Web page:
A History of the County of Hampshire: Volume 3. Originally published by Victoria County History, London, 1908.
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Cuntone (xi cent.); Cumyngton (xvi cent.).
The Roman road from Winchester to Southampton running south-west almost parallel with the Itchen cuts through the whole length of the eastern part of Compton parish. On either side of the road are the chalk downs which rise to the south of Winchester, Compton Down on the right just outside Winchester and Shawford Down on the left beyond Compton village, which lies in the valley between the two. The whole parish consists of 2,803 acres, of which 17 are water. (fn. 1)
Compton village street crosses the Roman road as it runs south-west. The branch which runs west from the main road leads past low thatched cottages, one of which serves as the post office, to the church on the left facing the village school, while west of the church at the top of Carman's Lane is the Rectory, dating from 1780. Then the street becomes a narrow lane leading on between fields, thick hedges, and farm buildings to picturesque Dummer's Farm. From here it turns to the right and runs north over Compton Down and on to Oliver's Battery. The eastern branch of the village street leads by a group of farm buildings to the manor-house on the left-hand side of the road, and then becomes a narrow lane called Place Lane which leads down to the river and over the canal into Twyford parish. A few yards up the main road from Compton village a road leads east on to the downs to Shawford hamlet, (fn. 2) which is now the most populous part of Compton parish, although less than a hundred years ago it consisted only of a few thatched cottages. (fn. 3) It has a station on the London and South-Western and Great Western Railways on a joint line, which runs through the parish close to the western border line, and it is since the opening of the railway that Shawford has grown in importance. The modern residences of which Shawford is mostly composed are grouped on the hill on the north side of the road facing the Downs, while the village shops, the inn, and the post office are near the station. The old mill, which is generally counted locally in Shawford, is just beyond the canal, and is properly in Twyford parish, though the mill stream forms the western boundary line of Compton. Shawford House, which lies still further west, is also in Twyford parish.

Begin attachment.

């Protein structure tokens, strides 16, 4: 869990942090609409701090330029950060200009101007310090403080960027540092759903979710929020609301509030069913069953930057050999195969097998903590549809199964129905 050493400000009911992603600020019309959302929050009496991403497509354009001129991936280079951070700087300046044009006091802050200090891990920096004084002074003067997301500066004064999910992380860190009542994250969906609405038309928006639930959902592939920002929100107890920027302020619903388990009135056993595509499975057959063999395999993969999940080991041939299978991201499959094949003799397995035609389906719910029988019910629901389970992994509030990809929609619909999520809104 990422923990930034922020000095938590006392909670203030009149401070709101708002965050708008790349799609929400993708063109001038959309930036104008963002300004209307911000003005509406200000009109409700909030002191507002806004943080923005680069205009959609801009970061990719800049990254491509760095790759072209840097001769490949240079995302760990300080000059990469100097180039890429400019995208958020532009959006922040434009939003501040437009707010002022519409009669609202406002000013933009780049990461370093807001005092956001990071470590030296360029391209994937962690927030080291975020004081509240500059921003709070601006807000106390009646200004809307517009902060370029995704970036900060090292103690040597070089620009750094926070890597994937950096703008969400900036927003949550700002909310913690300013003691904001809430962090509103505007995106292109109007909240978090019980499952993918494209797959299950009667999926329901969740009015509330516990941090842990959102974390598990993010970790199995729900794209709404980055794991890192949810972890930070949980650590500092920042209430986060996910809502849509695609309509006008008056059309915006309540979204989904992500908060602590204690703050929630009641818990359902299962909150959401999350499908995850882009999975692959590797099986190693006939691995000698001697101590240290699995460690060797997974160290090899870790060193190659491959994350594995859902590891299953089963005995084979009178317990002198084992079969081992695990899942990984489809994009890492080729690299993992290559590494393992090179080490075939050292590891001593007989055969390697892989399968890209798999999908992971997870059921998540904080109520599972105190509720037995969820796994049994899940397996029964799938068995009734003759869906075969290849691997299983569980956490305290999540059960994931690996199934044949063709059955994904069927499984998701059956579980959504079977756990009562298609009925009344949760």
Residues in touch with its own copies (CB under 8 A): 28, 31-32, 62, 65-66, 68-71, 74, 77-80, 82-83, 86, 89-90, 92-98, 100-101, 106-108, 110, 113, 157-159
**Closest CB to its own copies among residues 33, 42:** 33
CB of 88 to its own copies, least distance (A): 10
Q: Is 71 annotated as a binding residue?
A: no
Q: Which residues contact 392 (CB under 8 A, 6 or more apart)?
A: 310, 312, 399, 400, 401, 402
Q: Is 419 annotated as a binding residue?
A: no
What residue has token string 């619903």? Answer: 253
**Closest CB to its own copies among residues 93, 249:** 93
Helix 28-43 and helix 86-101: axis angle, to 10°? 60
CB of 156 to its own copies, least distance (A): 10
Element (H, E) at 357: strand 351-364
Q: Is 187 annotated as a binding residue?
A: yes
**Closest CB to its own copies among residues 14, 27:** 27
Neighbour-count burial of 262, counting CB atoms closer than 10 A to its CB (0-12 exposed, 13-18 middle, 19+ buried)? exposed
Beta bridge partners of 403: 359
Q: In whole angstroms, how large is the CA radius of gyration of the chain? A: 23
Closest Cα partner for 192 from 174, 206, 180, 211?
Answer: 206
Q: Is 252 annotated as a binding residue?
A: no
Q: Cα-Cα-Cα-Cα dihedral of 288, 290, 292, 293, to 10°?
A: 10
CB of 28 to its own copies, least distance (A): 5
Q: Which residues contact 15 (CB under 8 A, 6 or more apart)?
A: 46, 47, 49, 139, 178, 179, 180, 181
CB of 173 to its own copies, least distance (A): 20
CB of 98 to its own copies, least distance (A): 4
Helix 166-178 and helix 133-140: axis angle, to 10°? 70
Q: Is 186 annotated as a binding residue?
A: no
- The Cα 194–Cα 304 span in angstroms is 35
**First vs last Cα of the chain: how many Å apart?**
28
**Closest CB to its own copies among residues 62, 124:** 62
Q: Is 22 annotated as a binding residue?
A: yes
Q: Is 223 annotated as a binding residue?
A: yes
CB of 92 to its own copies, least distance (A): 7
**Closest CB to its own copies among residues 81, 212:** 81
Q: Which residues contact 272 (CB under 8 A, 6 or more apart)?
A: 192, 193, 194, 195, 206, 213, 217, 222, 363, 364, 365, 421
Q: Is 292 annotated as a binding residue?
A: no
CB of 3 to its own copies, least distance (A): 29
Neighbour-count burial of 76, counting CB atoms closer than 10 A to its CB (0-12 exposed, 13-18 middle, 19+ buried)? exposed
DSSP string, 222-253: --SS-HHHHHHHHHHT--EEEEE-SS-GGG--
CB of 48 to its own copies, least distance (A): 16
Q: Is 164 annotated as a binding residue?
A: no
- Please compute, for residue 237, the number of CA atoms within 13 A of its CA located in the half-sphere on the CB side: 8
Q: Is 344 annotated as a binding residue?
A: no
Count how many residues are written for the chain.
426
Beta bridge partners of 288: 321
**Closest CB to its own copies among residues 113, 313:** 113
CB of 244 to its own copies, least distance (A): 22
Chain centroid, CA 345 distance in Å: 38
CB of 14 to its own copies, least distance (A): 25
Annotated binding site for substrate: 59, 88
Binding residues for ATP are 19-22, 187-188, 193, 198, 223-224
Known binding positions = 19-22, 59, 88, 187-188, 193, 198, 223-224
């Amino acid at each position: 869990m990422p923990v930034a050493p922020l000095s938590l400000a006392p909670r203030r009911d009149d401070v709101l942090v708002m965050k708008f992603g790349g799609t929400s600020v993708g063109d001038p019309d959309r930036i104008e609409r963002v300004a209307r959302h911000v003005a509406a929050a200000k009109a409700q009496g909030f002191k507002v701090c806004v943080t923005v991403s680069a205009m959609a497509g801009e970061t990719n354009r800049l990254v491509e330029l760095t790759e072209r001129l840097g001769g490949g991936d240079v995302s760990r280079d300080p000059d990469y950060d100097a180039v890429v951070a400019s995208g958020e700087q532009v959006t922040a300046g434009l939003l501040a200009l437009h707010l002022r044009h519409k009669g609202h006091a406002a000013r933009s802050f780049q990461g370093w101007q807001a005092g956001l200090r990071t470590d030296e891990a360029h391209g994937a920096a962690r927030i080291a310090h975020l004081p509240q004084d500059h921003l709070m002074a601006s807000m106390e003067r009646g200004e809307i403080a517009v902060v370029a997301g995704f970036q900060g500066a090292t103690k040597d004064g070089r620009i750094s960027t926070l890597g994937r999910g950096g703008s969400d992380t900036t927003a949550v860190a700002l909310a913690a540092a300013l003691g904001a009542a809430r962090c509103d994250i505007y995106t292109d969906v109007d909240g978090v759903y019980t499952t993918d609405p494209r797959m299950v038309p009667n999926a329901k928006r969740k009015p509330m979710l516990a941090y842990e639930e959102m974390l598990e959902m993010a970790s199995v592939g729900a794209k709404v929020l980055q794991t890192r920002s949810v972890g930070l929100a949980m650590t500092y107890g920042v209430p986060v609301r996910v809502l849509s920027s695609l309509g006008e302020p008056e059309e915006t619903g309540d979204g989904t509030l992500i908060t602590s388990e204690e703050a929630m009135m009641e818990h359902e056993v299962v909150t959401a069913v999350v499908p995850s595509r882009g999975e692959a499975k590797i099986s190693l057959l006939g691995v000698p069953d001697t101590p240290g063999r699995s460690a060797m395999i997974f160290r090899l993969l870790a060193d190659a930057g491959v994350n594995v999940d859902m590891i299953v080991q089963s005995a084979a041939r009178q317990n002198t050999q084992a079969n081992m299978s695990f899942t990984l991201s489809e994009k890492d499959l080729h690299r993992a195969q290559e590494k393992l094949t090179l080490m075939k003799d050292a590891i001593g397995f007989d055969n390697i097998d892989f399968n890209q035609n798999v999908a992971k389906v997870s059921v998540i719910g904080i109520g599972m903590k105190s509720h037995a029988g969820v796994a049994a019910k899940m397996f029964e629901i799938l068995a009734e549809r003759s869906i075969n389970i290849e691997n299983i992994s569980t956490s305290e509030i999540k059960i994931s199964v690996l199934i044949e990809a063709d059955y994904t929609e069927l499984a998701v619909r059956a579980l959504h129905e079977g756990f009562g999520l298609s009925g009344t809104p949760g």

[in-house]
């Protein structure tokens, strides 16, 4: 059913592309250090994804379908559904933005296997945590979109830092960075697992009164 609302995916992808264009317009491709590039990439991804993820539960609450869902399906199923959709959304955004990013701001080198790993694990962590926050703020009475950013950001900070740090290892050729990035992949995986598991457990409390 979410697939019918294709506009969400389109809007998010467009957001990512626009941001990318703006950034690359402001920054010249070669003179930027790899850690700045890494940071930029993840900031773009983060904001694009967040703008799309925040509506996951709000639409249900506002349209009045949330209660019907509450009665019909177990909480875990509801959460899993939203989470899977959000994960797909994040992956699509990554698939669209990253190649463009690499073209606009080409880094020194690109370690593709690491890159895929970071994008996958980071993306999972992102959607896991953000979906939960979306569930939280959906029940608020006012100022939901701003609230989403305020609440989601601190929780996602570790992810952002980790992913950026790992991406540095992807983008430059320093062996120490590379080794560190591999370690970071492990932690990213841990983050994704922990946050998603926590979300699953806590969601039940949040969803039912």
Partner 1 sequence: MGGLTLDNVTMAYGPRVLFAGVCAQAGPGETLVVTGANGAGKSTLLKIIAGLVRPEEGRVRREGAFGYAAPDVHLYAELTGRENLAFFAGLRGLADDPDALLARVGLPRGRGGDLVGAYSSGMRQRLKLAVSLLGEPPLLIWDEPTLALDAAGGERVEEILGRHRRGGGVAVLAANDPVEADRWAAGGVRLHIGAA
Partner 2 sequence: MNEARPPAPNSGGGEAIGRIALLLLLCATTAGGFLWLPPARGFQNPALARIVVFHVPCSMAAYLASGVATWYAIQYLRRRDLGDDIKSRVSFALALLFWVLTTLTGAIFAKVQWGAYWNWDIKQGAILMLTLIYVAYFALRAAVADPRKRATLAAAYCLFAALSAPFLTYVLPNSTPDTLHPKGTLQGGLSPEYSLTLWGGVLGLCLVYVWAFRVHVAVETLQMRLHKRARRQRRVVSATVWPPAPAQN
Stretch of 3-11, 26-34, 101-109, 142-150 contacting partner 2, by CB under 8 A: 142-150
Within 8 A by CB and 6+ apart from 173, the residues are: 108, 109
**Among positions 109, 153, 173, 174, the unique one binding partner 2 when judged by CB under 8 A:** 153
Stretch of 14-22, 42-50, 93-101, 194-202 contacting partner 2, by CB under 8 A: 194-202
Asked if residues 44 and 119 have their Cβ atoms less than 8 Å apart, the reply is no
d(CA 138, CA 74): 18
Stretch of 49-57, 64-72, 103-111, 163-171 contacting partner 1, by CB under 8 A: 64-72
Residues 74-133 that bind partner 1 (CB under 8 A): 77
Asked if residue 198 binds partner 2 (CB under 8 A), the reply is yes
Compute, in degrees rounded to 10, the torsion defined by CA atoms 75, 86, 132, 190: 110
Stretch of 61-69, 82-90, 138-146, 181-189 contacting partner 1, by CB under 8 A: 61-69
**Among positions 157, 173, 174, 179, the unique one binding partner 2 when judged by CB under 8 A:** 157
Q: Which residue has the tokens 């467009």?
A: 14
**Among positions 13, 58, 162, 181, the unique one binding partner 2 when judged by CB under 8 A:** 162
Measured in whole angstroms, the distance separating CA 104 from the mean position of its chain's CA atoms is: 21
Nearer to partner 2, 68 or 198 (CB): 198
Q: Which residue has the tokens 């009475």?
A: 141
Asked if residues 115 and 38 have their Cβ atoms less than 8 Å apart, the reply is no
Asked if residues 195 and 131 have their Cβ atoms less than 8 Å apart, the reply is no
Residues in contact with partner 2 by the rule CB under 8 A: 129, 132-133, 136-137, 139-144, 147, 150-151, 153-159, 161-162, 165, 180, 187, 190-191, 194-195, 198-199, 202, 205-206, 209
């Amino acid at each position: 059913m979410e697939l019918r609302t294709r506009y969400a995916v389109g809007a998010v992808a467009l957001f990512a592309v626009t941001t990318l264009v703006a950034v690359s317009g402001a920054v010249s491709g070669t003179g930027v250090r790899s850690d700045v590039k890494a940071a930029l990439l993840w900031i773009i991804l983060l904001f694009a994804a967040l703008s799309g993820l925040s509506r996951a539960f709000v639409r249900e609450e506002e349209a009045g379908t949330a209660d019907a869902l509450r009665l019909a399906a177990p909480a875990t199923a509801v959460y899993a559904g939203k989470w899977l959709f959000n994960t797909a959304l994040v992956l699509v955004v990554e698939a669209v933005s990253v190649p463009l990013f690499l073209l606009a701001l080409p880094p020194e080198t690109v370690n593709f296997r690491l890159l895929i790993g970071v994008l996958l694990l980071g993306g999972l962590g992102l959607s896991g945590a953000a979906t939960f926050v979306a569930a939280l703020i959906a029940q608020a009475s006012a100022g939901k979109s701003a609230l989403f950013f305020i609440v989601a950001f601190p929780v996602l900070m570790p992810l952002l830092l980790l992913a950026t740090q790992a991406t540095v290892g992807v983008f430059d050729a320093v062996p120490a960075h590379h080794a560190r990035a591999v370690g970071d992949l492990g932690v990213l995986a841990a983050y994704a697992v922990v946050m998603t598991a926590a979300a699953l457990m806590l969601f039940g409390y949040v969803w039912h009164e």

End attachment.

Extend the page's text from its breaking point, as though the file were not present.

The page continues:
Further along the main Roman road as it continues in a south-westerly direction towards Otterbourne are modern residences lately built. Oakwood House is partly in Compton, partly in Twyford. The south-westerly corner of the parish is comprised of part of the lands of the manor of Silkstead, which is a hamlet partly in Compton and partly in Hursley parish.
The soil of the parish, since it is part of the great chalk downs, is entirely chalk with a subsoil of chalk, though it seems to touch a layer of sand and gravel in the lower ground in the south-west towards Silkstead. The chief crops are wheat, barley, and turnips.
The manor of CHILCOMB as granted by King Edward to the church of Winchester in 908 included land in Compton. (fn. 4) In Domesday Book Compton, though not mentioned by name, was evidently included in the entry under Chilcomb, (fn. 5) and the modern manor of Barton and Buddlesgate representing Chilcomb still comprises part of Compton parish.